Sunday, February 26, 2006

In which I correct a Washington Post headline

Federal Wildlife Monitors Oversee a Boom in Drilling is a horrible title. Here are the opening paragraphs of the article:
The Bureau of Land Management, caretaker of more land and wildlife than any federal agency, routinely restricts the ability of its own biologists to monitor wildlife damage caused by surging energy drilling on federal land, according to BLM officials and bureau documents.

The officials and documents say that by keeping many wildlife biologists out of the field doing paperwork on new drilling permits and that by diverting agency money intended for wildlife conservation to energy programs, the BLM has compromised its ability to deal with the environmental consequences of the drilling boom it is encouraging on public lands.
Clearly, the accurate title would be "Federal Wildlife Officials not allowed to Oversee a Boom in Drilling."

I know people who work for various parts of the federal government. I've often been tempted by the work. The pay isn't great and you can't speak out on issues, but that's because you have the ability to influence the issues. The work is more applied than what I tend to favor, but there are good opportunities and a chance to really help.

The persistent abuses that the professional staff of the Executive Branch have suffered at the hands of the Bush administration are turning me off from that. I've said before that the Bush administration isn't against big government, their against good government, and these attacks on the professional staff is a way of poisoning the well. It forces the experienced, talented people out, and scares away their potential replacements.

"The BLM is pushing the biologists to be what I call 'biostitutes,' rather than allow them to be experts in the wildlife they are supposed to be managing," said Steve Belinda, 37, who last week quit his job as one of three wildlife biologists in the BLM's Pinedale office because he said he was required to spend nearly all his time working on drilling requests. "They are telling us that if it is not energy-related, you are not working on it."…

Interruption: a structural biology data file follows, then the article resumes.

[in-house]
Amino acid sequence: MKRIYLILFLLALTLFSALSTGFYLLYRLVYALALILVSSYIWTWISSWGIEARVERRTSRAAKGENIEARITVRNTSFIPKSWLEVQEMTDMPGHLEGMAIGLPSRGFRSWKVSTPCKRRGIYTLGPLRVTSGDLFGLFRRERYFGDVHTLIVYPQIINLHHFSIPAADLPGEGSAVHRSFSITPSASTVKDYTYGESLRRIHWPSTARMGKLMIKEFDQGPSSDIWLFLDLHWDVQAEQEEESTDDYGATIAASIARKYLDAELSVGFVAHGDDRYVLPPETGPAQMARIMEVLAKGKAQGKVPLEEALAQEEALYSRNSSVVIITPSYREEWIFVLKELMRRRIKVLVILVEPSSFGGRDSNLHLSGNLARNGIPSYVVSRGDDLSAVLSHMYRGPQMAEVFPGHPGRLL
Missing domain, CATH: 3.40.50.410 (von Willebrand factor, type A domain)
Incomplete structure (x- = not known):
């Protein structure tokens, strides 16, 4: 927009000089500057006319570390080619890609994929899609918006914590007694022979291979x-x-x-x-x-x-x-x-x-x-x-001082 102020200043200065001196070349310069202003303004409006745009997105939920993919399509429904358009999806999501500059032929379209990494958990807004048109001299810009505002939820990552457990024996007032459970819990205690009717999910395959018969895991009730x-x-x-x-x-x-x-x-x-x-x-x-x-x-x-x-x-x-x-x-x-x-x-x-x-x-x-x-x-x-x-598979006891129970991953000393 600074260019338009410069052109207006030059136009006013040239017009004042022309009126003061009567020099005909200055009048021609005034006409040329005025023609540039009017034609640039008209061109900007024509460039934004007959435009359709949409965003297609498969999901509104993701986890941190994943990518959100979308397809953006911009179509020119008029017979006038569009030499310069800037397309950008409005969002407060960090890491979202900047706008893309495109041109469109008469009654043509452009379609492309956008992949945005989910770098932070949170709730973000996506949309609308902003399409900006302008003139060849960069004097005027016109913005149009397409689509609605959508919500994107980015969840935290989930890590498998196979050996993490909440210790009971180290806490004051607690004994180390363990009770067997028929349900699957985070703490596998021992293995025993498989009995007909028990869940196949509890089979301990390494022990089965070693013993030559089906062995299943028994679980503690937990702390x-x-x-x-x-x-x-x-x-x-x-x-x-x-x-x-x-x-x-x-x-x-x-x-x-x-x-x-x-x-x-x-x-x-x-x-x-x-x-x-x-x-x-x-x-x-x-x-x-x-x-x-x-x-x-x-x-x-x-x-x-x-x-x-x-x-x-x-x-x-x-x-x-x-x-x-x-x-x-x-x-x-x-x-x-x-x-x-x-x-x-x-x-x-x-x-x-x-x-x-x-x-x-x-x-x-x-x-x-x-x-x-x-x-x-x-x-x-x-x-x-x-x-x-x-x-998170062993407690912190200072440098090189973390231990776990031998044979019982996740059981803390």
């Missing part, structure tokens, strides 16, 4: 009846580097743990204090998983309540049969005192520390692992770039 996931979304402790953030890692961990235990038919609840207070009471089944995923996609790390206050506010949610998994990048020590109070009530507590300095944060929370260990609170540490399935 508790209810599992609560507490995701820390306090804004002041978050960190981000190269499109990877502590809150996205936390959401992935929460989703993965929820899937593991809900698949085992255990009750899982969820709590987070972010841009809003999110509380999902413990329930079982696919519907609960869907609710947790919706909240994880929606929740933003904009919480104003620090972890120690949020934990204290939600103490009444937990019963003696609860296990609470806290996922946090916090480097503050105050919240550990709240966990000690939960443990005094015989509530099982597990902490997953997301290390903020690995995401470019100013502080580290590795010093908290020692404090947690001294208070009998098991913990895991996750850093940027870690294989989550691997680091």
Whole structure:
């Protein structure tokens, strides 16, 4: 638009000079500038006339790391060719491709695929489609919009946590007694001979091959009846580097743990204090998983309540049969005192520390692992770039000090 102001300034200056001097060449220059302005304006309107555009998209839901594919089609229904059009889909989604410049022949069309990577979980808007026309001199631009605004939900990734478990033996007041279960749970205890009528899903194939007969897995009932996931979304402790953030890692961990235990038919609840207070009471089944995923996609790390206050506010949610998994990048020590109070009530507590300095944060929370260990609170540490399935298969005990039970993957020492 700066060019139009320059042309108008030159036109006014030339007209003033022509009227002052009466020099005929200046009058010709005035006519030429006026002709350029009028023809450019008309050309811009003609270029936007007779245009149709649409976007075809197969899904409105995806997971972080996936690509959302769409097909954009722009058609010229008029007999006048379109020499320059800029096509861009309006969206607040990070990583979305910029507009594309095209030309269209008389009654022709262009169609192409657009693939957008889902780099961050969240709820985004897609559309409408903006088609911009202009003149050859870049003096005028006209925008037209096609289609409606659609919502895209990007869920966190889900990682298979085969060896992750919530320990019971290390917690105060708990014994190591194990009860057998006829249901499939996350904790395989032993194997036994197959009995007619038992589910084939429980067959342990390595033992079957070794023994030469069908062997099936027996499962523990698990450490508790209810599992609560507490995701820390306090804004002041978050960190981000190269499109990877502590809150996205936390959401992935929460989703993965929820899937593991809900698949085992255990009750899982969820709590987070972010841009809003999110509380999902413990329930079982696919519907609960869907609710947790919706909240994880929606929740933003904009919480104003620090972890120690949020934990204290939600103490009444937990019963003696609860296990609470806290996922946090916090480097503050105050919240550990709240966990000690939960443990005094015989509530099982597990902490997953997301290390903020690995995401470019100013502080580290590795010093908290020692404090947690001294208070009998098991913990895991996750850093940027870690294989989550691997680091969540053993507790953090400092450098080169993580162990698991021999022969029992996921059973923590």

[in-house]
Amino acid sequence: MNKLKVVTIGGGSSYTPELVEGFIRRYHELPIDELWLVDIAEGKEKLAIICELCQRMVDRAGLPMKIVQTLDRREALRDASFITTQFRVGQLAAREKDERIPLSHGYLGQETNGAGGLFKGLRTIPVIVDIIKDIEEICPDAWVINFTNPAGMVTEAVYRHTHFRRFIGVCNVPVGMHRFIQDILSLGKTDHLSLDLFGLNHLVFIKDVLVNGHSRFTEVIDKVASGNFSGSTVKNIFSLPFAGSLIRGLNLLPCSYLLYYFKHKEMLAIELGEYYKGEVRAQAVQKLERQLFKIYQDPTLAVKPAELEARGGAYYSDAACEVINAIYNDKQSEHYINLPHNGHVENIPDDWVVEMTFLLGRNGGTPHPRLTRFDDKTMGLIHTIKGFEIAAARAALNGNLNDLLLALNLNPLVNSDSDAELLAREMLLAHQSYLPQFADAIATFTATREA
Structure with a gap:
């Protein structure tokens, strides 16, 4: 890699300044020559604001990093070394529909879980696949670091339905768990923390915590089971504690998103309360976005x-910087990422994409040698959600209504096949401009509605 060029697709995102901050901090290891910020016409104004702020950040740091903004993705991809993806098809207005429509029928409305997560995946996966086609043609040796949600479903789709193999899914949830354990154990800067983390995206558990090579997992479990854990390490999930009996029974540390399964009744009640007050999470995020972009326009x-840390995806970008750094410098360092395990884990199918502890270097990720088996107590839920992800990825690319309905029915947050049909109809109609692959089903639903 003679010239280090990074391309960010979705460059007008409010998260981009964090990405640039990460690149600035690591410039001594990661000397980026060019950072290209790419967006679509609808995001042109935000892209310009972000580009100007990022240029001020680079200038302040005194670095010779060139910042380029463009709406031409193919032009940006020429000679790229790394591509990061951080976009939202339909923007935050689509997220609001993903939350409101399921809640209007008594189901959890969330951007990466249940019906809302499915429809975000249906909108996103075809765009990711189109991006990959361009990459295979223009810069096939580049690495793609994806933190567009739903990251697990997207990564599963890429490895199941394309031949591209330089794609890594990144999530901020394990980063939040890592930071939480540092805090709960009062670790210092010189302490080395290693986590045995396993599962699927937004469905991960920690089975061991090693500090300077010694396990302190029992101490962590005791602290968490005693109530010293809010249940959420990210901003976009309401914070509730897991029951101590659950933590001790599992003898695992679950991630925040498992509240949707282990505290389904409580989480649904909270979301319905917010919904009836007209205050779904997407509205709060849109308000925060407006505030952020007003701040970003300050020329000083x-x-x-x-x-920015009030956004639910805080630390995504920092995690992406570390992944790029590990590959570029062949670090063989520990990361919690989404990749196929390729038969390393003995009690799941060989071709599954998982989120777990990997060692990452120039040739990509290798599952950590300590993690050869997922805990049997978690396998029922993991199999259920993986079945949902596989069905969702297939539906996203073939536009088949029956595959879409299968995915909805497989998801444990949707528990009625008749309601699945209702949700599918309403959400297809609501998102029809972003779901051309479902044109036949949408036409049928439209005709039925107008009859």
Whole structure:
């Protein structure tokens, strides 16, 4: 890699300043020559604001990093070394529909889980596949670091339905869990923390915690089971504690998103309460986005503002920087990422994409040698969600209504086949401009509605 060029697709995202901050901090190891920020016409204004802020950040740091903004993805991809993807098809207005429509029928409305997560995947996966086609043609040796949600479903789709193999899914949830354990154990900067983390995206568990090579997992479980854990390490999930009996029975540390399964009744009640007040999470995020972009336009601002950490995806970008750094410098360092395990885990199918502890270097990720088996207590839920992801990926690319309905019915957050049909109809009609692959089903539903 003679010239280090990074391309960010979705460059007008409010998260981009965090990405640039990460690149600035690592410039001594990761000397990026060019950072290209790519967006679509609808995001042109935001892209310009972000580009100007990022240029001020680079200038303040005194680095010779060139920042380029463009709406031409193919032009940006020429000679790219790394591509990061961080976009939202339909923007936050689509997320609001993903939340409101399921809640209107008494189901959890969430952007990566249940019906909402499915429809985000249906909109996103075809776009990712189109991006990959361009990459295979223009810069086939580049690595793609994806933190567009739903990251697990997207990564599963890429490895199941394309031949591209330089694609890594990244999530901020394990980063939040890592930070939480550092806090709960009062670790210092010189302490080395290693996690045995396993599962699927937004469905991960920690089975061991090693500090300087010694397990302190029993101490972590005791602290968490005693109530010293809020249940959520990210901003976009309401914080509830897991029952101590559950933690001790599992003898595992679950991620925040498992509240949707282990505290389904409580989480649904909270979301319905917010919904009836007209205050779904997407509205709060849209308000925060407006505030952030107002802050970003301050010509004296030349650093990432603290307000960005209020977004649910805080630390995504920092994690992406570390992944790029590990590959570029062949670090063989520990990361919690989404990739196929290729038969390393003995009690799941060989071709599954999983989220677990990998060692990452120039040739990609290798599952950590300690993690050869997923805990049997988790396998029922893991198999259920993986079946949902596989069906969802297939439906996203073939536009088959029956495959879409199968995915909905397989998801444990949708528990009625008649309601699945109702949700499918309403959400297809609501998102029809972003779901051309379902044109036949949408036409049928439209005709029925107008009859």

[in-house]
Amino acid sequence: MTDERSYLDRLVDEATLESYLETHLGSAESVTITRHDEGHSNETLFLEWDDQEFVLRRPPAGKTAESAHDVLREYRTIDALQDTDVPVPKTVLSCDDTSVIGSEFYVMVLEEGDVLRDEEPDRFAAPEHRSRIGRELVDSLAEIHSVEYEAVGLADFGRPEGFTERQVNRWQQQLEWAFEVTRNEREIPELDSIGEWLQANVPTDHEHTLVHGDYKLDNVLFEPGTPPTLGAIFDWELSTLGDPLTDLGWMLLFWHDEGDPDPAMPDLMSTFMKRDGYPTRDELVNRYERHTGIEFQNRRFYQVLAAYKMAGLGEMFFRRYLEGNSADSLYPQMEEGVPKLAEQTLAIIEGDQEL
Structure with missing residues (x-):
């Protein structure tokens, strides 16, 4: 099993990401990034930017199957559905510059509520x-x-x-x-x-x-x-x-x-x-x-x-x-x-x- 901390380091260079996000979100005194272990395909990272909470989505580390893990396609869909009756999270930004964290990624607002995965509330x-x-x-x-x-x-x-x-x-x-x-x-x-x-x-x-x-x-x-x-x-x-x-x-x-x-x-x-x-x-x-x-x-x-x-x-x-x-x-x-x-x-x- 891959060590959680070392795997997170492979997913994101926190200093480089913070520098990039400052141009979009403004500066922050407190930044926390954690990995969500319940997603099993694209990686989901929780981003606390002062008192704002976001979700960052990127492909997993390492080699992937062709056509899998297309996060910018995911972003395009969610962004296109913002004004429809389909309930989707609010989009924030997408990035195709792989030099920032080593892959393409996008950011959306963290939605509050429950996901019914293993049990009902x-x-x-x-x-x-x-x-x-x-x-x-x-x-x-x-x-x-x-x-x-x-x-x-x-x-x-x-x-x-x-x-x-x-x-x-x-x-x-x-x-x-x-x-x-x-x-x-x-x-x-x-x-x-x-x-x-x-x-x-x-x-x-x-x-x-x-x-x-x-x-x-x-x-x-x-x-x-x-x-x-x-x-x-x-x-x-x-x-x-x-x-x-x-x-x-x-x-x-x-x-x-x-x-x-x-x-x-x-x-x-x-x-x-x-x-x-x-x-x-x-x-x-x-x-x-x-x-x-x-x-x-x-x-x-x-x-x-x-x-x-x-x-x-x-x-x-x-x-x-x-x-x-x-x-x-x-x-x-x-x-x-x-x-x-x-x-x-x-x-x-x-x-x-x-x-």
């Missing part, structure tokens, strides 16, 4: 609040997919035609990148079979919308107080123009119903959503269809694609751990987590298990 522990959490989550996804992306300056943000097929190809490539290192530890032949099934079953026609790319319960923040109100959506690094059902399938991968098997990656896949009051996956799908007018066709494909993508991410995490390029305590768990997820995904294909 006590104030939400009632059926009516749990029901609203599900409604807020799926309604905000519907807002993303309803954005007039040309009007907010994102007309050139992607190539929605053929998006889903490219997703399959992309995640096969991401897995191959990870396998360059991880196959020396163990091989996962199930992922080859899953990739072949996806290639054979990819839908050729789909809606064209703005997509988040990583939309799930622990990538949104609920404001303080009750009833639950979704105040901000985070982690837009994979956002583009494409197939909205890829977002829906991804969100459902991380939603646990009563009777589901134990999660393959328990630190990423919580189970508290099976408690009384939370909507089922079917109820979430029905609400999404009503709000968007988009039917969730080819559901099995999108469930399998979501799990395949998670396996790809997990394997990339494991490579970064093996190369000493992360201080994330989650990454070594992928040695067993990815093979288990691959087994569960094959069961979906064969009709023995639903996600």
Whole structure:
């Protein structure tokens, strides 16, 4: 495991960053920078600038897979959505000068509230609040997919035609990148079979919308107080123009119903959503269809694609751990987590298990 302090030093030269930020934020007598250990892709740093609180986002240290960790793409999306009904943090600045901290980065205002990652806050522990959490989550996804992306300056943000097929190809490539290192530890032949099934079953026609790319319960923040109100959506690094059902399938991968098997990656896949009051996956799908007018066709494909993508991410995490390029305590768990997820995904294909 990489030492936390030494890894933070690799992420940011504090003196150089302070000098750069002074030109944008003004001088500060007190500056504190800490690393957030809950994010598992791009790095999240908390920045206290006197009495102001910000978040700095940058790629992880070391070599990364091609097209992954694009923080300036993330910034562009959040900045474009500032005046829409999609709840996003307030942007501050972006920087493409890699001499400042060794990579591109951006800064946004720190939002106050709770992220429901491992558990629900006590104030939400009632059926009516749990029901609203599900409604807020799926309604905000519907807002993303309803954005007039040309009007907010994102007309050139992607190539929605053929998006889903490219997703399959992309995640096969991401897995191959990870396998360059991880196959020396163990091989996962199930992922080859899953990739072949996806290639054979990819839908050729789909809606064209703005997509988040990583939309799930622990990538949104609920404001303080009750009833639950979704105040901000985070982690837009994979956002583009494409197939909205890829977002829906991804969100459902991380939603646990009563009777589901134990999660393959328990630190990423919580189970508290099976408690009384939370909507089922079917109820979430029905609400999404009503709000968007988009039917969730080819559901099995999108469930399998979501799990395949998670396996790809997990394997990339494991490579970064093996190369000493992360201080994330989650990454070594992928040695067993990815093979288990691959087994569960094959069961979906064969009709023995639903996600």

[He said] "I have spent less than 1 percent of my time in the field. If we continue down this trend of keeping biologists in the office and preventing them from doing substantive work, there is a train wreck coming for wildlife."
The effects aren't just reflected in staff levels.

For years the BLM has reallocated money Congress intended for wildlife conservation to spending on energy. A national evaluation by the agency of its wildlife expenditures found three years ago that about one-third of designated wildlife money was spent "outside" of wildlife programs.

An internal BLM follow-up study found last year that this widespread diversion of money has caused "numerous lost opportunities" to protect wildlife. The study found that the unwillingness of the agency to use wildlife money for conservation programs has "reduced ability to conduct on-the-ground restoration" and made the BLM unable "to conduct adequate inventory and monitoring of habitats and populations."

The sum effect of these diversions, the study said, has damaged the credibility of land-use planning by the BLM.
BLM land, like Forest Service land, is accessible for hunting and recreation, and ranchers can lease the land for cattle, so this mismanagement doesn't just get to people who like to think about pretty wildlife. Hunters, ranchers, farmers, and even politicians in Wyoming are getting pissed.

"The pressure comes from Washington," said [Wyoming Governor] Freudenthal, who said he has assigned more state wildlife biologists to Pinedale and other active drilling areas in an attempt to keep up with the federal push. "As you go up the chain of command of BLM and into the Department of Interior, I am not sure they share our commitment to balance. No matter how large the benefits are from this development, it does not justify turning a blind eye to the environment."
Anyone who's traveled through Wyoming knows how beautiful the landscape is, and how that beauty comes from being able to see forever. Gas wells have a small footprint, but they disrupt the scenery for miles. And what work the biologists in the field have been able to do shows that they reduce wildlife densities as well.

There's not a lot out there, and we like what's there.